The project is going ahead but there was clearly way too much consultation for such a short route which changes relatively little on the streets — car lanes are maintained in all directions and studies were done to show that the retained car parking on all of the side streets is enough for demand.

Objections not based on reason fueled the delay and councillors echoed the concerns way beyond reason after officials had answered the issues again and again.

All of this has distracted from real issue of how junctions are going to work — still unresolved issues.

Separate to the above, there are now possable construction delays — the council has yet to answer questions on this.

Clontarf Cycle Route

Who’s to blame?: System delay at first and, now, possibly others

The Clontarf Route is also going ahead and it was a bigger beast of a project and that’s why I have marked this one as “system delay”. You could partly blame the officials for looking to widening the already massive road and cutting down trees rather than effect cars, but it was a process to get to the stage where trees were more importance than retaining two car lanes.

Or you could the NTA rejecting the council’s original idea of a two-way cycle path on one side of the road or combined officials not understanding quickly enough that the route had to be segregated to a higher degree than was being proposed. This again could be put down to being part of the process of the first major cycle route on an arterial road.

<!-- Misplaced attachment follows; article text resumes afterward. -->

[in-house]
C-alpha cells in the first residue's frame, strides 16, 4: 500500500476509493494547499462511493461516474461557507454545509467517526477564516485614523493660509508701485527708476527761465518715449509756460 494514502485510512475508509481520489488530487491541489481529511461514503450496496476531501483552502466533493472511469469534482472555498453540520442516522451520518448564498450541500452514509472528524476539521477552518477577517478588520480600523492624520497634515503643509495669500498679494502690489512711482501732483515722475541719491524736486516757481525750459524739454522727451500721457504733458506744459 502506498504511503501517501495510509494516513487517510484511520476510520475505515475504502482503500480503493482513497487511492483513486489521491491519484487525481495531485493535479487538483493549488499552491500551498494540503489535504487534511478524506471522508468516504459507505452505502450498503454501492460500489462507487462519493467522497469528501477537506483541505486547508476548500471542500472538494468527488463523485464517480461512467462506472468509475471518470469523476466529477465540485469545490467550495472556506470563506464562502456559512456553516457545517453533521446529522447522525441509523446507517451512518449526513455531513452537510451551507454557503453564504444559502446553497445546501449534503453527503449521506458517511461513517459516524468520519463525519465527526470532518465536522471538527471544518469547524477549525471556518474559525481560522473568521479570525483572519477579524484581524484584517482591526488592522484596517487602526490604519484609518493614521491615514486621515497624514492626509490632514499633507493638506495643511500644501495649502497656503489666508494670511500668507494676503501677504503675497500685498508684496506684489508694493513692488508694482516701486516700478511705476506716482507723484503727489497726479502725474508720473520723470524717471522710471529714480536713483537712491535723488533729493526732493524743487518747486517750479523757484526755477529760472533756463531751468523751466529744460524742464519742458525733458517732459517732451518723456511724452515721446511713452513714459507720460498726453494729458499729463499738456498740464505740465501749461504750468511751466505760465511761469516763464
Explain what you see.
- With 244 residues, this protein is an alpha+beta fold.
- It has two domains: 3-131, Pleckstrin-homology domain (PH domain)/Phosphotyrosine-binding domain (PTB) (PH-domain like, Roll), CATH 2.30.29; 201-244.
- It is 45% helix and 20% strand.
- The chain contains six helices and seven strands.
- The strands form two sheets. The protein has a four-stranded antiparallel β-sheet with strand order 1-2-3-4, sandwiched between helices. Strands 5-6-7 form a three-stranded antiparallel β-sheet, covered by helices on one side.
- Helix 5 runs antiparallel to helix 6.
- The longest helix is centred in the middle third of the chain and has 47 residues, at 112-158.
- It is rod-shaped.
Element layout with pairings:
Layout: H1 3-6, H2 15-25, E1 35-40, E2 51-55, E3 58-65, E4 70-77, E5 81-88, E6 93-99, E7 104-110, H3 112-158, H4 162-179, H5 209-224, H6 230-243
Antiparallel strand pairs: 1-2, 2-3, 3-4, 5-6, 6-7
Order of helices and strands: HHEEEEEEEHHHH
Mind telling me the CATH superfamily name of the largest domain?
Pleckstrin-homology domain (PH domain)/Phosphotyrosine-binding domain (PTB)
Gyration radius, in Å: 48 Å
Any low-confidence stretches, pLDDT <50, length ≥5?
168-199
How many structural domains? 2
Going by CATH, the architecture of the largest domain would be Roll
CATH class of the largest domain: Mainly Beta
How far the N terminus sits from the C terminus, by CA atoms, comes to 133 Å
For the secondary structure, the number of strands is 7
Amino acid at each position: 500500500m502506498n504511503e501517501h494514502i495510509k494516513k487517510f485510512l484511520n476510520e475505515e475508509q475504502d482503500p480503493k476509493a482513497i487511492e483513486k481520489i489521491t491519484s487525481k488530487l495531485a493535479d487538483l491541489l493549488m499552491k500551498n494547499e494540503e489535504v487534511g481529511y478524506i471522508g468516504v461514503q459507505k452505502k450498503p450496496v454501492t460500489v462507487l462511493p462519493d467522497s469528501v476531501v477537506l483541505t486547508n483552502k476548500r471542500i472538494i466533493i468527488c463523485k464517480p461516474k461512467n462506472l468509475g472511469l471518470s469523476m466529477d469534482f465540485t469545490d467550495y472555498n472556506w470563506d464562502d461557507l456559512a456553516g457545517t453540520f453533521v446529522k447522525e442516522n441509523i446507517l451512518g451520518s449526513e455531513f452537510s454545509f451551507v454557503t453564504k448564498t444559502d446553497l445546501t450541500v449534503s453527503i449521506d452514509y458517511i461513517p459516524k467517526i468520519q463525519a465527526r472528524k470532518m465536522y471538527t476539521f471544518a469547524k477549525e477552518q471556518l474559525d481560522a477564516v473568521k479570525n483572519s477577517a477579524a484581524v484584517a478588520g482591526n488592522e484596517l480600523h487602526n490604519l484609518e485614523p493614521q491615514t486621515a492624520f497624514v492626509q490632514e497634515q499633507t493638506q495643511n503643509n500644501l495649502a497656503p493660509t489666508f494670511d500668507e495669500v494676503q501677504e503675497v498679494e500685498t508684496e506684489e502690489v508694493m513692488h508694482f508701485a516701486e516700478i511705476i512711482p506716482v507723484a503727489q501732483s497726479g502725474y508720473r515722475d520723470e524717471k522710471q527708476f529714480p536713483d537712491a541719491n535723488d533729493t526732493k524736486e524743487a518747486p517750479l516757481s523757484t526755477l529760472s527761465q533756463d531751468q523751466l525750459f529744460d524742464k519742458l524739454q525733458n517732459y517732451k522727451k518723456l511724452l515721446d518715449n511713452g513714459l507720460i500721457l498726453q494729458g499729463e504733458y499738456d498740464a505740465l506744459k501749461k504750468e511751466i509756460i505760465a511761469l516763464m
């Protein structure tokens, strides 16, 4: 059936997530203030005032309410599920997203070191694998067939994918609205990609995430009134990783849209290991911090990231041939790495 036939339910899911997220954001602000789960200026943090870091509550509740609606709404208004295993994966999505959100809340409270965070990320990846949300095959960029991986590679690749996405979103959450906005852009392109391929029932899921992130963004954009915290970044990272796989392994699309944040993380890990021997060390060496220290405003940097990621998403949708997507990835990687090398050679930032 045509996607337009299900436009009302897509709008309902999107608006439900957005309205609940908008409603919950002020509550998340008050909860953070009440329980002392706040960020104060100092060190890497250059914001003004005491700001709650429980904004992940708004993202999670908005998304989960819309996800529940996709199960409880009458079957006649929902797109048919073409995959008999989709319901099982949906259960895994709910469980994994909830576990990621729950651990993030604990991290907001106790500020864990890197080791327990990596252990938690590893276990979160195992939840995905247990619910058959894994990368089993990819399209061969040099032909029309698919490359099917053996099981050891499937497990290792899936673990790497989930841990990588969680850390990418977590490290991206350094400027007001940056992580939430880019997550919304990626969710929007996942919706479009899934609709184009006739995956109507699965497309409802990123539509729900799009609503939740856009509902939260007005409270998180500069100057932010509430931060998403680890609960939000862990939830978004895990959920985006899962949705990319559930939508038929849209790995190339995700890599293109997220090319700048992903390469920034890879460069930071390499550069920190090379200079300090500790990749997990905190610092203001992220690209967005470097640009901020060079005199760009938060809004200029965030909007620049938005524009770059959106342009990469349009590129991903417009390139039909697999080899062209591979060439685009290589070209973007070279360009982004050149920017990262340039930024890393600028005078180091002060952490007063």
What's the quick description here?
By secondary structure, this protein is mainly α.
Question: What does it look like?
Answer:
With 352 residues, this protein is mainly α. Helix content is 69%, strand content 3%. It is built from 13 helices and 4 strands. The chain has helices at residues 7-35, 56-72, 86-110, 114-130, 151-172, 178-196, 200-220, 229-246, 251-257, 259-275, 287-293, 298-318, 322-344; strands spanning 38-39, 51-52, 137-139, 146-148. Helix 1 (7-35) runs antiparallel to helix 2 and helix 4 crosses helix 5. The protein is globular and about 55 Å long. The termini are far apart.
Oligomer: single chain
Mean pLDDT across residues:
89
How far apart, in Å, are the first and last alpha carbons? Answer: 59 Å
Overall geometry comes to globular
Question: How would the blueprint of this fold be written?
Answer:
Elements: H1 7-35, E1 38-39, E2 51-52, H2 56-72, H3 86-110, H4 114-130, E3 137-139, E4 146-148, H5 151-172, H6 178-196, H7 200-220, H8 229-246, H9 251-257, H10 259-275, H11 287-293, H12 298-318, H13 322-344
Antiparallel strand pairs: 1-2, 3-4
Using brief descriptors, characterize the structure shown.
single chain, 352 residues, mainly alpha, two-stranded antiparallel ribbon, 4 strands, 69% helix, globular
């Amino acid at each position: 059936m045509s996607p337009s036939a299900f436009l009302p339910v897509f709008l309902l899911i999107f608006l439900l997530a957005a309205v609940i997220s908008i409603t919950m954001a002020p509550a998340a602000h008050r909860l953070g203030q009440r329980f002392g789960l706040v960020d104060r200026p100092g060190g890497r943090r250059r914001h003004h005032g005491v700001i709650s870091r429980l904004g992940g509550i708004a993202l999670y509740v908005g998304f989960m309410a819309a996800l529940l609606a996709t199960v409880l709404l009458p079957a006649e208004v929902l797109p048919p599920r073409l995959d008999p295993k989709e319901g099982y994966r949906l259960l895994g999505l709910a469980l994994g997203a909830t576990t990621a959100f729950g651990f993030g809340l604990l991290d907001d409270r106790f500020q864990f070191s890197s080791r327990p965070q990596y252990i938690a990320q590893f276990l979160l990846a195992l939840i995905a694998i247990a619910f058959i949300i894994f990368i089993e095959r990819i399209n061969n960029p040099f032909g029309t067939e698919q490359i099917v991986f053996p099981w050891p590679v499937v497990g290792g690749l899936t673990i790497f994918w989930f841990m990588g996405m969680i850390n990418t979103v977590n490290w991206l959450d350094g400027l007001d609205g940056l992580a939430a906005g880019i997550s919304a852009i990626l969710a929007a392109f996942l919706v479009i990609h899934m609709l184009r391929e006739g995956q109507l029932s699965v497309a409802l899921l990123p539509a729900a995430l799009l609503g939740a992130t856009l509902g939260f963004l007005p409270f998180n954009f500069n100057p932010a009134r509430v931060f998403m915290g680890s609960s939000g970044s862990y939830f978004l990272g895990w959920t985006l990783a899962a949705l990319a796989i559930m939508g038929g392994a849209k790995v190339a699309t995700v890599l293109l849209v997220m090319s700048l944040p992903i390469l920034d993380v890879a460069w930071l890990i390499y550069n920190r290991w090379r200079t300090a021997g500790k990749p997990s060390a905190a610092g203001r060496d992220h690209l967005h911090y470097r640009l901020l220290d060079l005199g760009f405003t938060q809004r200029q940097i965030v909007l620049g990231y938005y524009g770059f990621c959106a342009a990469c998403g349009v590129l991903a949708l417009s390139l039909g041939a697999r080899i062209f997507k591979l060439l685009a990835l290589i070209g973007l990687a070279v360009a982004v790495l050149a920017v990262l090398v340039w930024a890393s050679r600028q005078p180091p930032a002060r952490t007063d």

However, the council started looking at this project around 2011, and this length of time is an unsustainable time frame to a project to be built.

Separate to the above, there are now possable construction delays — the council has yet to answer questions on this.

As with other routes, most of the media paid no attention when the safety of cyclists was part of the story.

Contra-flow cycle routes

Who’s to blame?: Councillors, NTA / TII, Dublin City Council

Back in 2010 Dublin City Council said it was looking at contra-flow route on about 15 or so streets. At first councillors objected to this including claiming it was a waste of resources. Since then other sets of councillors have tried to get contra-flow on the agenda. In one case the councillors were split and one vote stopped progress.

But the city’s development plan states that officials should look at implementing contra-flow and this seems to be readily dismissed by officials of the council on public realm schemes and other projects. The same goes for other agencies such as the National Transport Authority and TII who had oversight over Luas Cross City.

Royal Canal Greenway

Who’s to blame?: Unclear

The Royal Canal Greenway has approval but there has been delay after delay in going to construction. For a while there was a lot of bureaucracy linked to approval around the building along the canal. But it’s unclear what the current issue is.

S2S Dublin Bay South, Dodder Greenway, and Grand Canal Route (from Rathmines to Inchicore / Bluebell)

Who’s to blame?: National Government for lack of funding and resources

On these and other routes the main delays to date have been a lack of funding and resources — these routes were slowed and mostly altogether stalled when Luas Cross City was been built. Councils have not been only left under resourced for years since the economic bust, but a project like Luas also diverted council resources away from cycling.

But as shown above funding alone is far from the only issue. Loads of delays such as funding also happen to roads projects but councils around the country will have roads projects lined up for when the funding is ready. There’s few shovel-ready cycling projects.

Conclusion: Councillors mainly to blame